On Thursdays Maya only watched and didn’t touch a thing in the garden, because Thursday was Albert’s turn. But on the other days she was also allowed to do anything she wanted. Once she spent a whole morning putting a polished orange Pyracantha berry right in the middle of every single Nasturtium leaf, and they trembled a bit every time she put a berry on and then suddenly her back became hot because she felt Mummy watching her from the kitchen window and then she felt her whole body going into Mummy’s eyes in long lines like Nasturtium stems and then she also became a tunnel like the Melmenook/Belmenoot and it was all because she had been clever with beauty at the exact same time that Mummy had been clever with love!

Albert doesn’t mind if she watches him. Every Thursday for thirty years she has watched him work, starting at nine in the morning and ending at three thirty when he gets changed in the shed. Only at lunchtime she doesn’t watch him because mummy said she must give him privacy. He has his lunch at the plastic table next to the pool and he listens to his radio in Zulu. Mummy and Maya have lunch with the Creepers on the back stoep. They don’t talk at all because Mummy knows that on Thursdays Maya just wants to think about the garden and how much Albert is helping it. Sometimes she gets so happy about how much Albert is helping that she just starts crying and then Mummy puts down her sandwich and holds her. And then she just gets happier and happier and cries even more because every time it happens she remembers how clever Mummy is – even cleverer than words, and much, much cleverer than Maunty Erle.

Aunty Merle is Mummy’s sister but Maya calls her Maunty Erle because she is the wrong way around inside herself. She is scared of Maya and Maya used to be scared of her.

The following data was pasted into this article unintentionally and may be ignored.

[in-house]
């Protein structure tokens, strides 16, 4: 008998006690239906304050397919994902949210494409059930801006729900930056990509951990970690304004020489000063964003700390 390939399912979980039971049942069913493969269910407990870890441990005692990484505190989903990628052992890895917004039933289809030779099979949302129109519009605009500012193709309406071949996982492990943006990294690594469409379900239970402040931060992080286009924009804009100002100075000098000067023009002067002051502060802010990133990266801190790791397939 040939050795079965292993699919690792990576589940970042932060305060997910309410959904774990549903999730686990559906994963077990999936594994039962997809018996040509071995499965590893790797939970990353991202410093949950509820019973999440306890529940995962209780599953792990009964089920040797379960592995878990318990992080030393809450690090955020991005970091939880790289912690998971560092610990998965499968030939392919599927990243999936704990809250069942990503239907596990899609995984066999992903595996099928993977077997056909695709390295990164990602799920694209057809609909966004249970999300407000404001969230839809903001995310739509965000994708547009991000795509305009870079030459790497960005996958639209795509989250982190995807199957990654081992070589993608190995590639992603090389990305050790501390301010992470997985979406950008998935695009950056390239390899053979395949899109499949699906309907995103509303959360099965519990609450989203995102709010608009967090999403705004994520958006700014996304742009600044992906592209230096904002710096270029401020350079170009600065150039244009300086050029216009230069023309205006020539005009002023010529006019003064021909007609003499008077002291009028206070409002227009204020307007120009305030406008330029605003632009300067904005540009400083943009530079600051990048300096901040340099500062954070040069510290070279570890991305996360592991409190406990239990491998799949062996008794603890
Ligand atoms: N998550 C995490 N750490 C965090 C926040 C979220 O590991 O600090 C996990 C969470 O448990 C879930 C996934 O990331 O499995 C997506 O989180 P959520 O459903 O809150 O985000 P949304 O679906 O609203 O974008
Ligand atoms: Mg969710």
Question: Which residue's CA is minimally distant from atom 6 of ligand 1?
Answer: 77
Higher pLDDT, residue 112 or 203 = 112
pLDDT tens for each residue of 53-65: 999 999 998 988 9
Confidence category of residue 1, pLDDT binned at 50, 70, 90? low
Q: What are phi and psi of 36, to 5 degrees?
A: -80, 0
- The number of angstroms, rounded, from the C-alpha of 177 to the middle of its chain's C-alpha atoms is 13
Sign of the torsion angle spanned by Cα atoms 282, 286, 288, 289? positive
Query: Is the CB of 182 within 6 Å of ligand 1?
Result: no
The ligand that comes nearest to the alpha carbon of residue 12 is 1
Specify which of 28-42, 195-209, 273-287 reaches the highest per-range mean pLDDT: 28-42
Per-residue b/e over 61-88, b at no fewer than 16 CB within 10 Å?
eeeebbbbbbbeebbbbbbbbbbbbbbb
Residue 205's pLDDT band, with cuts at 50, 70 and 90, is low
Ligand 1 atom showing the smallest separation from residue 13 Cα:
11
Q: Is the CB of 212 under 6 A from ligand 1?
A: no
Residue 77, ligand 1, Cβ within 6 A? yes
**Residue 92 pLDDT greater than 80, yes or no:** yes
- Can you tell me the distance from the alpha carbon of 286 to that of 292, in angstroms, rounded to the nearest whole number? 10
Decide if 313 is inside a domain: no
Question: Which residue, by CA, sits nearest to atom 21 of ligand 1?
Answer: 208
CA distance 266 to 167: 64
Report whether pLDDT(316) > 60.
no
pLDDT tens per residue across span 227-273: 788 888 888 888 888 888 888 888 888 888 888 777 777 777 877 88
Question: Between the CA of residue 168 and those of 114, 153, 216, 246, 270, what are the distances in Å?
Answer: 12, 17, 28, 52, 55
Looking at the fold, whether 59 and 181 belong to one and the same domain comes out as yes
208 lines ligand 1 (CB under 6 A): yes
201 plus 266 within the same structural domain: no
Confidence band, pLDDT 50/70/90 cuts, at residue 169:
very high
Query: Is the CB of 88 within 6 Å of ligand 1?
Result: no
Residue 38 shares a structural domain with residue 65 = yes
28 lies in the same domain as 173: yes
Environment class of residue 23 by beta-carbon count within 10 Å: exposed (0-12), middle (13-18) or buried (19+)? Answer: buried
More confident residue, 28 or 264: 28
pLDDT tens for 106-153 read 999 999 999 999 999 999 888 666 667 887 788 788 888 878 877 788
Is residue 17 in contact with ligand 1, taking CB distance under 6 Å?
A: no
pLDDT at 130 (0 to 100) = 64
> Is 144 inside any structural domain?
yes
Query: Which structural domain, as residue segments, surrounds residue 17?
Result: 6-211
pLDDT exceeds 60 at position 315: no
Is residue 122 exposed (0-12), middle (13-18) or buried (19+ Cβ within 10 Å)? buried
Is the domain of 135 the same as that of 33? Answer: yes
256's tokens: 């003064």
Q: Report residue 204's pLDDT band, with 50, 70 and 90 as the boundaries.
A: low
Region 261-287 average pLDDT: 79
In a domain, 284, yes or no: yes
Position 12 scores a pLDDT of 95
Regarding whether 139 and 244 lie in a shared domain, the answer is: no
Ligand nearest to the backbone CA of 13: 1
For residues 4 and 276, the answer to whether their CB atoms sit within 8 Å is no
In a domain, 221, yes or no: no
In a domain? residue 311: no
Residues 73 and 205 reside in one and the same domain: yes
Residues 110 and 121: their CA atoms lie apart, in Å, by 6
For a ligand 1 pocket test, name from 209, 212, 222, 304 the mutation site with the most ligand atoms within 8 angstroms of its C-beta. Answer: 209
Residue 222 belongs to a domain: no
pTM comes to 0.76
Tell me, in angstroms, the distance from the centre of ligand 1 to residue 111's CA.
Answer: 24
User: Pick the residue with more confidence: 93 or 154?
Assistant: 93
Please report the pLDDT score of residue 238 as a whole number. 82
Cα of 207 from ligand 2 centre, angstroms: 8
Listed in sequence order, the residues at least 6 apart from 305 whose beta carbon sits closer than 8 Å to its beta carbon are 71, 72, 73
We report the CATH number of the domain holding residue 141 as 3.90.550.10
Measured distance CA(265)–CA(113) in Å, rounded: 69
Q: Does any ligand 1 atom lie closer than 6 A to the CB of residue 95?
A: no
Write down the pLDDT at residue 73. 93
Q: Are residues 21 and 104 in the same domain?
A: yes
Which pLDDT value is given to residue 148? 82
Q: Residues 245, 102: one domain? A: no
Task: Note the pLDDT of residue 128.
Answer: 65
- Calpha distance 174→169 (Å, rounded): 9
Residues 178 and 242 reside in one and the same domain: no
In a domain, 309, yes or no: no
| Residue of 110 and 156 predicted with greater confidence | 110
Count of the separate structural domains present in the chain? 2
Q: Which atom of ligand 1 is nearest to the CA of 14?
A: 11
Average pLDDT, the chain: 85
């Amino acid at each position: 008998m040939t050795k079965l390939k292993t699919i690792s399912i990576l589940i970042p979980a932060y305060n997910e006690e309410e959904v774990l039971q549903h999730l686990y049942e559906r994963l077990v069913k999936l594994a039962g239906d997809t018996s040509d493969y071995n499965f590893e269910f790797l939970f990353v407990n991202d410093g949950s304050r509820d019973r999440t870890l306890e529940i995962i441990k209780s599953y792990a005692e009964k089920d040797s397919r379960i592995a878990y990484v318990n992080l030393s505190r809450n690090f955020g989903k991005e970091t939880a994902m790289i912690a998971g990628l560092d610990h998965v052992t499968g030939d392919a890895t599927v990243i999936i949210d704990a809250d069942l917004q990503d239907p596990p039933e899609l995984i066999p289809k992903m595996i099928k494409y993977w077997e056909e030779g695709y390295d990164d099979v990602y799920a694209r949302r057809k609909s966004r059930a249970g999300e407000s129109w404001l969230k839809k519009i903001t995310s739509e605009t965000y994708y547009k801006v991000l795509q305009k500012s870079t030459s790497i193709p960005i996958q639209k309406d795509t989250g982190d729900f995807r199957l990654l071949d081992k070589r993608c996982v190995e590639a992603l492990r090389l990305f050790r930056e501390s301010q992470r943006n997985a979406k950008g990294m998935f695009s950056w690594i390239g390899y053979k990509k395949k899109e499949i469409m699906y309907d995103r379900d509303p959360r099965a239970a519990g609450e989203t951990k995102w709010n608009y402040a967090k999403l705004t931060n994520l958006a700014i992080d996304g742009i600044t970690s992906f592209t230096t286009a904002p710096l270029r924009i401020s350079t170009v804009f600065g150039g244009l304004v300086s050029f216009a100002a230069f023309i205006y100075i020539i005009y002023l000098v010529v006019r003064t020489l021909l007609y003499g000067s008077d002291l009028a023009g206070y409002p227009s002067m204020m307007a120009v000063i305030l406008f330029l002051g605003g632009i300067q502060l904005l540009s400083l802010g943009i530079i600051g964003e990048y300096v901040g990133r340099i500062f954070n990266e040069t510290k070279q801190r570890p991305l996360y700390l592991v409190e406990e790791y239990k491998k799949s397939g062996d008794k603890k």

Just on top of Maunty Erle’s skin is a thin layer of darkness. Maunty Erle always smiled the widest the more frightened she was, and she always smiled the widest at Maya.

Once Maya heard Maunty Erle whispering too loudly to Mummy in the kitchen: “she can’t stay at home forever Maudy!”

Maya didn’t like words because they always changed things from the way they really were, but these were by far the worst words she had ever heard. They hit her so hard in her chest that they damaged her heart and she had to stay in bed for a very long time so she couldn’t even watch Albert on Thursday and Mummy was so worried and then Maya got so worried for Mummy and the next night Maya wrote with her felt pens she cannot live at home forever Maudy! she cannot live at home forever Maudy! she cannot live at home forever Maudy! on her cupboard and on her breasts and on the walls and on her pyjamas and on the windows and on the curtains and on her face and on the sheets and under the bed and in her ears and on her legs and in her hair until all the felt pens were finished and in the morning Mummy saw it and almost vomited and then cried with Maya and told her that she didn’t ever, ever have to go away from home and then Maya wondered how Maunty Erle could be so stupid if she was Mummy’s sister and Mummy was so clever?

Because Mummy knew, and Maya knew, that if someone is standing in the very, very middle of THE LIGHT, then any step they take, in any direction, is a step into THE DARKNESS.